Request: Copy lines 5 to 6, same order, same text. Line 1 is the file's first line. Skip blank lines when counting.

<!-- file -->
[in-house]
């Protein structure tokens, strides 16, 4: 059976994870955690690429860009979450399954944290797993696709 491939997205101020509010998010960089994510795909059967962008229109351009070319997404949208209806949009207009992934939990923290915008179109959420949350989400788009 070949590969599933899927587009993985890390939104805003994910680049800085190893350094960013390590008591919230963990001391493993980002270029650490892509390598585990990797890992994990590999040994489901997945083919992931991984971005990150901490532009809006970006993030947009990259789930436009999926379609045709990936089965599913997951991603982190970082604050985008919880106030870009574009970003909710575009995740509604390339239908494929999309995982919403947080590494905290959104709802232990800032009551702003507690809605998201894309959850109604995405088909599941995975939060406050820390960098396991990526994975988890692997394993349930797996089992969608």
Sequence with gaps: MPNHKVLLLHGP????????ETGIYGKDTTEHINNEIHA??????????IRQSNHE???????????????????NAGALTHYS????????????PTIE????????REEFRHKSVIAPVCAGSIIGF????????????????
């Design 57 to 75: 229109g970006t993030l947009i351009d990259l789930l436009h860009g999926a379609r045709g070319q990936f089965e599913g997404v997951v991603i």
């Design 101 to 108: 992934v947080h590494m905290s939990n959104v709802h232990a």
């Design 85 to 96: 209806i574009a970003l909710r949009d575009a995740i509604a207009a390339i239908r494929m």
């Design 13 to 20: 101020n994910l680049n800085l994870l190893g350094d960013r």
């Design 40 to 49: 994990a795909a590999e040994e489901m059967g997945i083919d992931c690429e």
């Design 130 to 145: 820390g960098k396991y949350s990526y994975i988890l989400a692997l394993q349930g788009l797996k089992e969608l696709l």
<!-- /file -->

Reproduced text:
């Design 101 to 108: 992934v947080h590494m905290s939990n959104v709802h232990a």
């Design 85 to 96: 209806i574009a970003l909710r949009d575009a995740i509604a207009a390339i239908r494929m």